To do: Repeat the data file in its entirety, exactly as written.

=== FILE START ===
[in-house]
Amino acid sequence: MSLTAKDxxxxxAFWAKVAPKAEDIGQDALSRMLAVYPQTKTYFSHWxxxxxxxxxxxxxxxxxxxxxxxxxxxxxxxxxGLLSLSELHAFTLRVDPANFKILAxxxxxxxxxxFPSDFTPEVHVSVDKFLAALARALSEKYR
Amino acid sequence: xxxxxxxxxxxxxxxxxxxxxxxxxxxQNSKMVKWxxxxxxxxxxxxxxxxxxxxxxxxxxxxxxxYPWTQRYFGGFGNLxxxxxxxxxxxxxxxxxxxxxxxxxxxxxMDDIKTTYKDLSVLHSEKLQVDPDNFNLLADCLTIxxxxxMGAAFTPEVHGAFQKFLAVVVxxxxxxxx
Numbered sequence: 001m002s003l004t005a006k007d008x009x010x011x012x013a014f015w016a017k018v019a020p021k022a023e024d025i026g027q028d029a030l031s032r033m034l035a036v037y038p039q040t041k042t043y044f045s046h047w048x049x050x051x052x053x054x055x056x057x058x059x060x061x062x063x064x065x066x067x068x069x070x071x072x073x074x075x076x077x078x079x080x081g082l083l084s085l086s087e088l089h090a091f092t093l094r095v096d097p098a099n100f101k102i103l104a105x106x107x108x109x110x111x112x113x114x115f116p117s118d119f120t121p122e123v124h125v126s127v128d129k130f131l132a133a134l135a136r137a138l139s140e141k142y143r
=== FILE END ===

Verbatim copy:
[in-house]
Amino acid sequence: MSLTAKDxxxxxAFWAKVAPKAEDIGQDALSRMLAVYPQTKTYFSHWxxxxxxxxxxxxxxxxxxxxxxxxxxxxxxxxxGLLSLSELHAFTLRVDPANFKILAxxxxxxxxxxFPSDFTPEVHVSVDKFLAALARALSEKYR
Amino acid sequence: xxxxxxxxxxxxxxxxxxxxxxxxxxxQNSKMVKWxxxxxxxxxxxxxxxxxxxxxxxxxxxxxxxYPWTQRYFGGFGNLxxxxxxxxxxxxxxxxxxxxxxxxxxxxxMDDIKTTYKDLSVLHSEKLQVDPDNFNLLADCLTIxxxxxMGAAFTPEVHGAFQKFLAVVVxxxxxxxx
Numbered sequence: 001m002s003l004t005a006k007d008x009x010x011x012x013a014f015w016a017k018v019a020p021k022a023e024d025i026g027q028d029a030l031s032r033m034l035a036v037y038p039q040t041k042t043y044f045s046h047w048x049x050x051x052x053x054x055x056x057x058x059x060x061x062x063x064x065x066x067x068x069x070x071x072x073x074x075x076x077x078x079x080x081g082l083l084s085l086s087e088l089h090a091f092t093l094r095v096d097p098a099n100f101k102i103l104a105x106x107x108x109x110x111x112x113x114x115f116p117s118d119f120t121p122e123v124h125v126s127v128d129k130f131l132a133a134l135a136r137a138l139s140e141k142y143r